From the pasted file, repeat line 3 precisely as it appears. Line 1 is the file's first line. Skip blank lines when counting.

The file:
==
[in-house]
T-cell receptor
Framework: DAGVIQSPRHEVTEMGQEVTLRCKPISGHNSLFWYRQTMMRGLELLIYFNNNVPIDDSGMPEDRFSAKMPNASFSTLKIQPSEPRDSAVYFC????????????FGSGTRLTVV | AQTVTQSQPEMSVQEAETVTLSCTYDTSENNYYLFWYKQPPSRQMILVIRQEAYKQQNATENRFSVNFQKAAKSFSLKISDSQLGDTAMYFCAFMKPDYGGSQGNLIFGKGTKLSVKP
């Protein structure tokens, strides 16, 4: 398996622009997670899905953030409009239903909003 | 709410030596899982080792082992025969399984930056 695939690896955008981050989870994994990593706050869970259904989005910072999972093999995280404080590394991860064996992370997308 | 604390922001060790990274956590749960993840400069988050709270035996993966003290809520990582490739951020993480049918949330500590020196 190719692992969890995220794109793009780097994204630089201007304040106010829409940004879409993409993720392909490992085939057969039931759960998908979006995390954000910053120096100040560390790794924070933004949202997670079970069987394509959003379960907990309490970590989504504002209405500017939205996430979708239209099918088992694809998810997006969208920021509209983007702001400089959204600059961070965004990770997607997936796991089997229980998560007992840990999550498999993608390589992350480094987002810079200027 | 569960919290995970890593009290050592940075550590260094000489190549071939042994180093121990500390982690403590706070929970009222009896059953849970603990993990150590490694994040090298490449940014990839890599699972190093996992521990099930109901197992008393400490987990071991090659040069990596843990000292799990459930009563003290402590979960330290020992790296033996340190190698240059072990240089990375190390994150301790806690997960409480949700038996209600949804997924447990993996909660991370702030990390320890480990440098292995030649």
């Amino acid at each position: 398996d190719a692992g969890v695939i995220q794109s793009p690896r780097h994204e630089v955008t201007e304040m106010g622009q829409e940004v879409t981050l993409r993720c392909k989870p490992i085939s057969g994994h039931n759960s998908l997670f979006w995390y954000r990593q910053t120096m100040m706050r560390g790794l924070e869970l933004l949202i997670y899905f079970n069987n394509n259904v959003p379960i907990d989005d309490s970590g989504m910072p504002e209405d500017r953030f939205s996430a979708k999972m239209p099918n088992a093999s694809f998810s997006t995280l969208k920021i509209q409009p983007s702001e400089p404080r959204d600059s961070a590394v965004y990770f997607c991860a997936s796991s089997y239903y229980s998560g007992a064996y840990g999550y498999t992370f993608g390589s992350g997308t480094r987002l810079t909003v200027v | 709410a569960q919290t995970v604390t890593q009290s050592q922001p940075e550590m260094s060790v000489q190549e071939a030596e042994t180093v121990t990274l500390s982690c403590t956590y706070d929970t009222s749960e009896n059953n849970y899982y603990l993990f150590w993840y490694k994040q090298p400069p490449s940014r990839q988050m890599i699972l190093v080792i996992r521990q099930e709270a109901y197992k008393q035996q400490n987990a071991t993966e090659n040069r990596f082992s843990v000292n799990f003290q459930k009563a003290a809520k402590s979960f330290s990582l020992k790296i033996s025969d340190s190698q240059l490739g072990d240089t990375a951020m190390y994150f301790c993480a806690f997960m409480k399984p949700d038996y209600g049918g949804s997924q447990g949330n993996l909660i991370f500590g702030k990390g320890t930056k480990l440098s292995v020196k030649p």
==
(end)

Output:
Framework: DAGVIQSPRHEVTEMGQEVTLRCKPISGHNSLFWYRQTMMRGLELLIYFNNNVPIDDSGMPEDRFSAKMPNASFSTLKIQPSEPRDSAVYFC????????????FGSGTRLTVV | AQTVTQSQPEMSVQEAETVTLSCTYDTSENNYYLFWYKQPPSRQMILVIRQEAYKQQNATENRFSVNFQKAAKSFSLKISDSQLGDTAMYFCAFMKPDYGGSQGNLIFGKGTKLSVKP